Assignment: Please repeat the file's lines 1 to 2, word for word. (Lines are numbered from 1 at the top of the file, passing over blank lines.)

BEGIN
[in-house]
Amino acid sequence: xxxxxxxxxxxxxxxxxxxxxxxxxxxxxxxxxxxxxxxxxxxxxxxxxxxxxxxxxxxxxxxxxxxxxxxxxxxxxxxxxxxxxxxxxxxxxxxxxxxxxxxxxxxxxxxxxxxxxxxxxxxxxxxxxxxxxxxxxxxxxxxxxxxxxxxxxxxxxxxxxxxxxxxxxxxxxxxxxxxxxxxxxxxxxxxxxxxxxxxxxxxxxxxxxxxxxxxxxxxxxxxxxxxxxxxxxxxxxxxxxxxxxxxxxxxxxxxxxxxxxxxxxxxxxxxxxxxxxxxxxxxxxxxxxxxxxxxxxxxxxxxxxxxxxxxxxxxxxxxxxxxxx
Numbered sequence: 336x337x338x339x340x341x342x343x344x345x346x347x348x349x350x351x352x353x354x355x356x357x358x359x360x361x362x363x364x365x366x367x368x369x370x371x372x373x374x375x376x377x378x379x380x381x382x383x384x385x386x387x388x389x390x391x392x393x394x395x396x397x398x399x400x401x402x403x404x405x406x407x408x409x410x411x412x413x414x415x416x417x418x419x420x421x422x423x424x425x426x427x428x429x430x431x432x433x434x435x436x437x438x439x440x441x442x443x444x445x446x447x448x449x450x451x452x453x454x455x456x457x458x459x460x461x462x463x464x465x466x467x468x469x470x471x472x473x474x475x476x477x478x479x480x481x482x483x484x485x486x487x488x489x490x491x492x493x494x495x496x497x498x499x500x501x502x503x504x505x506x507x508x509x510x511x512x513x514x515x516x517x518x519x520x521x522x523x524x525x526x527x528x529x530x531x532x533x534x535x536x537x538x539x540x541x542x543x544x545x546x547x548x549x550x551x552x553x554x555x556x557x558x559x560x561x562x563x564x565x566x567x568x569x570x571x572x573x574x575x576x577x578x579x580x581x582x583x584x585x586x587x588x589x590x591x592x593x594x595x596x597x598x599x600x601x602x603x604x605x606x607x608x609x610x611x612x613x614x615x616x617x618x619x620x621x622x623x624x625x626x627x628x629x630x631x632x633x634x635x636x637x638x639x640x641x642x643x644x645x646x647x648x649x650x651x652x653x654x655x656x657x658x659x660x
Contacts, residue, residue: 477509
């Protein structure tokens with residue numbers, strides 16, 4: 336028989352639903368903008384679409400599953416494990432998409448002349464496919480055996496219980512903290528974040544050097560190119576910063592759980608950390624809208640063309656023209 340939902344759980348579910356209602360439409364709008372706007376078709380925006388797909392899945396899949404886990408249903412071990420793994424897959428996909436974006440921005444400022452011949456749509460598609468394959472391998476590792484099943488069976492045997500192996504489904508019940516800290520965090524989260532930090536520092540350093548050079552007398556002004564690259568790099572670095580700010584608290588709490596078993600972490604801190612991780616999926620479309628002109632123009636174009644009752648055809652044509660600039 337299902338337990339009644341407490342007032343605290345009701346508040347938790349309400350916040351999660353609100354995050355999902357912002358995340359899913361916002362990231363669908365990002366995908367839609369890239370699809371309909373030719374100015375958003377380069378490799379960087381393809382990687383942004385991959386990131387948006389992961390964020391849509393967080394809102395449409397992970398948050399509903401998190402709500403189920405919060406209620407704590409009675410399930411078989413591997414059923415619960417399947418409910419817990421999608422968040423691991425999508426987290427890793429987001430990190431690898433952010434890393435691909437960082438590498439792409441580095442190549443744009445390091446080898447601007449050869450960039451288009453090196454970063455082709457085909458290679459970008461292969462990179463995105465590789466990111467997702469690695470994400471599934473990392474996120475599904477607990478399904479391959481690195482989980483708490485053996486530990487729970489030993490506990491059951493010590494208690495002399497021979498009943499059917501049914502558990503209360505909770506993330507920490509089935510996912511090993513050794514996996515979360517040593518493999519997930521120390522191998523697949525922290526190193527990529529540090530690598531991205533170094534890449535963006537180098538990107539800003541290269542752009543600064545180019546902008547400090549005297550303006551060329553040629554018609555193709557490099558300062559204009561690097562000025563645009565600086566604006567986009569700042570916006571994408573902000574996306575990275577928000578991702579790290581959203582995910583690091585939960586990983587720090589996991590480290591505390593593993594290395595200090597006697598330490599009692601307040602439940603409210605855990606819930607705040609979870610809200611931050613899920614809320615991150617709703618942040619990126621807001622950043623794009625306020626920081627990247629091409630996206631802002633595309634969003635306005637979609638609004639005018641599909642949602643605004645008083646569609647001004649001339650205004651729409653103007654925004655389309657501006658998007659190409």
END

[in-house]
Amino acid sequence: xxxxxxxxxxxxxxxxxxxxxxxxxxxxxxxxxxxxxxxxxxxxxxxxxxxxxxxxxxxxxxxxxxxxxxxxxxxxxxxxxxxxxxxxxxxxxxxxxxxxxxxxxxxxxxxxxxxxxxxxxxxxxxxxxxxxxxxxxxxxxxxxxxxxxxxxxxxxxxxxxxxxxxxxxxxxxxxxxxxxxxxxxxxxxxxxxxxxxxxxxxxxxxxxxxxxxxxxxxxxxxxxxxxxxxxxxxxxxxxxxxxxxxxxxxxxxxxxxxxxxxxxxxxxxxxxxxxxxxxxxxxxxxxxxxxxxxxxxxxxxxxxxxxxxxxxxxxxxxxxxxxxx